Dalwhinnie Winter’s Gold

Our next review is of a whisky that we were requested to review by one of our friends; he wanted to know if it was something we would recommend buying. This whisky is from the Dalwhinnie distillery, and it is their recently released NAS bottling ‘Winter’s Gold’.

The Dalwhinnie distillery is situated on the Highland/Speyside line, it is categorised as a Highland malt due to its location though its water source is a tributary of the Spey, so there is some argument as to which it should be. Perched at a lofty 1,164ft above sea level it is claimed to be the highest distillery in Scotland. Dalwhinnie is a Diageo owned distillery and is one of their ‘Classic Malts’ which also include Talisker, Lagavulin, Oban, Cragganmore and Glenkinchie. As it is one of these ‘Classic Malts’ it is fairly available as a single malt though as is the case with most distilleries the majority of their output is blended into obscurity, for Dalwhinnie it is into blends such as Buchanan’s and Johnnie Walker.

The bottling that we are trying today, Winter’s Gold, is a relatively new release onto the market, being launched towards the end of 2015. The inspiration for this bottling comes from the harsh, cold winters experience by the distillery, where they claim to have an average annual temperature of only 6 degrees! It suggests on the packaging that to reflect this you should put it in the freezer before serving…. we’ll give that idea a miss and get straight down to the tasting.

Nose

Classic Dalwhinnie nose, lots of honeyed sweetness, delicate floral heather and a sulphury-malty note running through it. Compared to the standard Dalwhinnie bottling (a 15yo) there is a lot more wood spice to it and is a bit fresher feeling too. It’s got quite a young, sappy wood character that is also fairly acidic, reminiscent of fresh wood and pine needles, as well as this, some candied lemon peel, ginger and brown sugar.

Palate

Well the nose on this whisky was fairly promising; unfortunately the palate doesn’t quite live up to that. The whisky in this bottling is just slightly too young and it’s just lacking that cask influence, it is still good stuff though. Lots of sweet vanilla, caramelised sugar and nutmeg, with plenty of honey. As well as this there is damp wood, leather and a lick of smoke, but it is fairly young feeling and quite spirity.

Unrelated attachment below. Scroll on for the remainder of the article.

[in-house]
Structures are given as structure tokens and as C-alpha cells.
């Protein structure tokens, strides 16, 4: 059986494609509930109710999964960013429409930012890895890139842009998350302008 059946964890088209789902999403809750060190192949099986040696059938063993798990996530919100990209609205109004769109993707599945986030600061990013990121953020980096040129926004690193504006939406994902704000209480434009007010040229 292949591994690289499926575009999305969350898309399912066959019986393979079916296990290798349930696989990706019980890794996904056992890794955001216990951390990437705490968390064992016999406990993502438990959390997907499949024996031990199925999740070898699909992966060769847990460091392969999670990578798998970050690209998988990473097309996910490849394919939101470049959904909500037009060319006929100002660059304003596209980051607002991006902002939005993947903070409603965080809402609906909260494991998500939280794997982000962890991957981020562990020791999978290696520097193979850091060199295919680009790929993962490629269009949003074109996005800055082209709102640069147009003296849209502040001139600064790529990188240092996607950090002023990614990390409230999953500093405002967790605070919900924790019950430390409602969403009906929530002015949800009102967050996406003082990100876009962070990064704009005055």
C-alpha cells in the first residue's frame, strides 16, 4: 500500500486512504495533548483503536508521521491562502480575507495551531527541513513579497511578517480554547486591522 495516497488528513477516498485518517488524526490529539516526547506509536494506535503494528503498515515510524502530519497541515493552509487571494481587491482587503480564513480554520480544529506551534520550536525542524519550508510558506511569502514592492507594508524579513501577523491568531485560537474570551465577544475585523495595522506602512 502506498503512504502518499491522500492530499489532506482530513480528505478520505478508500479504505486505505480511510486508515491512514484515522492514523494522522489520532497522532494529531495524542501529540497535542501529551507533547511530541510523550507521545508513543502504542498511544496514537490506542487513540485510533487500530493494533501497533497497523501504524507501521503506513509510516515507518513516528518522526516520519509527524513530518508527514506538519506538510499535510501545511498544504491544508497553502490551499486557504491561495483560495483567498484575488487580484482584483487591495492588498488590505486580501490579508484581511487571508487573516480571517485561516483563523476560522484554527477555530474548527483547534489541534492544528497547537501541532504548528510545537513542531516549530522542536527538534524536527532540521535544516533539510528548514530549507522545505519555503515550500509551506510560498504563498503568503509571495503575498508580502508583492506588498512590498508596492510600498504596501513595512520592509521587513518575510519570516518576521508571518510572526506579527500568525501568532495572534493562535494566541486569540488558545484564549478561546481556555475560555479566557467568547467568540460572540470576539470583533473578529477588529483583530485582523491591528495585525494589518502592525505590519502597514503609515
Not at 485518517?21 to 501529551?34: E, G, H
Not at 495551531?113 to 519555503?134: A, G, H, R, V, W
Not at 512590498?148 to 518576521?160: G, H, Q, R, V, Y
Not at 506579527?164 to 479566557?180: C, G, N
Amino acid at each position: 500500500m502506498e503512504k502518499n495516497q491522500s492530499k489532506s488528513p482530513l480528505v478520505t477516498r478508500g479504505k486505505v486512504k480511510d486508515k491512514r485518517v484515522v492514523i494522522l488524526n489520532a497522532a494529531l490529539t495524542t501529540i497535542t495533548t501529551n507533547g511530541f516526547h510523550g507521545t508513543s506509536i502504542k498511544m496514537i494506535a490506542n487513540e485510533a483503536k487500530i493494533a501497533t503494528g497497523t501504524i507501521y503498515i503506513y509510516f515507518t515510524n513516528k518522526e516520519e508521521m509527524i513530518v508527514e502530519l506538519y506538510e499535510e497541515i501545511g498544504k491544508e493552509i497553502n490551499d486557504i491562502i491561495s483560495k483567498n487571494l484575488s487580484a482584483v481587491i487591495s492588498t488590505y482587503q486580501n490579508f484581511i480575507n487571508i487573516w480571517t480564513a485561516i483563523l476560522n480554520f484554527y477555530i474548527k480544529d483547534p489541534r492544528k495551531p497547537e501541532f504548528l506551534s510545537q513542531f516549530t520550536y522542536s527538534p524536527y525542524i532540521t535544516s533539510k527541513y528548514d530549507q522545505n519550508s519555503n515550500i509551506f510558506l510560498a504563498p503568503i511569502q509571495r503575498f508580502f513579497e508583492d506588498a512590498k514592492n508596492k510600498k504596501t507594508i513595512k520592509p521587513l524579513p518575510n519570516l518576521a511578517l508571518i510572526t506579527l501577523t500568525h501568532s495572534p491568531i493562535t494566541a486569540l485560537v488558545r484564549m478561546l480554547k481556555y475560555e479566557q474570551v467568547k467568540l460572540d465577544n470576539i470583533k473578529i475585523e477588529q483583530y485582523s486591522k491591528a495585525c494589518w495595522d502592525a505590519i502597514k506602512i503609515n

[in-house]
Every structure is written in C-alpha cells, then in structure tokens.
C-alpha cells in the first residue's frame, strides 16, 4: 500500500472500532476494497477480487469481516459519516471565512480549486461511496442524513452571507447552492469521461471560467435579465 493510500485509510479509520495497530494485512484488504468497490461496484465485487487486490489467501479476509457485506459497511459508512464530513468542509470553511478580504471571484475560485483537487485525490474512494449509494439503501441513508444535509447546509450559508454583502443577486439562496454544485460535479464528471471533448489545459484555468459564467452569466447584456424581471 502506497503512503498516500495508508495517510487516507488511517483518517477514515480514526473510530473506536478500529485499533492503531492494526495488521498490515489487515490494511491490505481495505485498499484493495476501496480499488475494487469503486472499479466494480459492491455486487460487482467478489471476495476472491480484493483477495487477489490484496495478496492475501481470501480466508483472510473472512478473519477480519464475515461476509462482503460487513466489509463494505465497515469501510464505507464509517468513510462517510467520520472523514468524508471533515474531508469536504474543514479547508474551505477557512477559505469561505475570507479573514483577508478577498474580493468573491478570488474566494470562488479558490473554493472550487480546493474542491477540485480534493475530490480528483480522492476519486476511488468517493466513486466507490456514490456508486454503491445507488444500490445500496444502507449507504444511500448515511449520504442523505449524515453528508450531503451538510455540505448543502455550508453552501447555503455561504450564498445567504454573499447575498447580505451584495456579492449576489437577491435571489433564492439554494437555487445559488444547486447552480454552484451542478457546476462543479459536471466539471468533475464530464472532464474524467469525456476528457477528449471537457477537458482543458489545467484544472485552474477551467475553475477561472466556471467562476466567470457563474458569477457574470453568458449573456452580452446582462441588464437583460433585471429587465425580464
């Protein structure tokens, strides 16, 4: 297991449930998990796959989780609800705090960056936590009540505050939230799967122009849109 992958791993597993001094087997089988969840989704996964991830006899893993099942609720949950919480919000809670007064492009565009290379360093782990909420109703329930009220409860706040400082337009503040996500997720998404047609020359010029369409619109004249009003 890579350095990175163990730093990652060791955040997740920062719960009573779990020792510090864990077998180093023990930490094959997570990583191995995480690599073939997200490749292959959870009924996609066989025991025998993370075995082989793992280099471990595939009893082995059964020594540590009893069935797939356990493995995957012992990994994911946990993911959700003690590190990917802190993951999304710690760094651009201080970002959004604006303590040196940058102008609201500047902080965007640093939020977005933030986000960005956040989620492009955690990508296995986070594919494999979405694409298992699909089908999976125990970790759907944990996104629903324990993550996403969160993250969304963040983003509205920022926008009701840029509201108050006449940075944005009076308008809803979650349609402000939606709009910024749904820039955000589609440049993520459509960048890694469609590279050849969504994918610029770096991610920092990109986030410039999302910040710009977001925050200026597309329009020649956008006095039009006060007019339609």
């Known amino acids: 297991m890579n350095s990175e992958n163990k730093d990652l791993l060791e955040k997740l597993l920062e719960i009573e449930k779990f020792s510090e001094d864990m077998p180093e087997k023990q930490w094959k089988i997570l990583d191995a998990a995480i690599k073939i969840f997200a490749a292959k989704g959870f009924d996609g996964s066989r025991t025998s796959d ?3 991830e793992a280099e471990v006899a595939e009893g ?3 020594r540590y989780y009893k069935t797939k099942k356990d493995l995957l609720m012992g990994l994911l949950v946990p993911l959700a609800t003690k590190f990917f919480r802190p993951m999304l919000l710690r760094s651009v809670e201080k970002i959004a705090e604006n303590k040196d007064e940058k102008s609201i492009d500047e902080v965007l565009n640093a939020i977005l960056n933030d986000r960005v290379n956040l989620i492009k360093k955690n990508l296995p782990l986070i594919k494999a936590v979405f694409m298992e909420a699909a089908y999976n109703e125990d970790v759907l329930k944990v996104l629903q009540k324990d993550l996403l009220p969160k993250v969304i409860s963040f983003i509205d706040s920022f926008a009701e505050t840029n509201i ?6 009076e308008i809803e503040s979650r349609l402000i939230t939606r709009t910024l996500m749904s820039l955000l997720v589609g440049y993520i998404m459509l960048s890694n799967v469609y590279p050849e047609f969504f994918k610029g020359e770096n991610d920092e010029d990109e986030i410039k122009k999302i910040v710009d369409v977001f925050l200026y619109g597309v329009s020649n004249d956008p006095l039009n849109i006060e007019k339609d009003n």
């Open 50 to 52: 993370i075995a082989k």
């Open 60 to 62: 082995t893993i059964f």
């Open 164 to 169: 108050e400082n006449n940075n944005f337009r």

Finish

The finish is fairly short, and quite astringent. Again there is that sappy, fresh wood taste that carries through the finish but this is accompanied by bags of sweetness which balance it out and make it fairly pleasant.

Ok, so I realise that there are a few notes and comments that don’t seem too complimentary here, but it is actually a very good whisky. For an NAS bottling I think that Diageo have done very well here, it’s balanced, light and has plenty of character. Personally I’m not a huge fan of NAS bottling’s as I like knowing what it is that I’m drinking, but this is pretty good. The pricing for this whisky is a bit confused, I paid £25 for it, though I has seen it set as high as £45! If you get the chance to try it then I would definitely recommend doing so, though for my taste I would probably rather spend an extra £10 and get the 15yo, if you’re on a budget though, it’s got that Dalwhinnie style, just a bit spicier and fresher.

So as I previously said this review was requested by one of our friends, if anyone has anymore requests or recommendations then please let us know.

Sláinte

Gary & Steven

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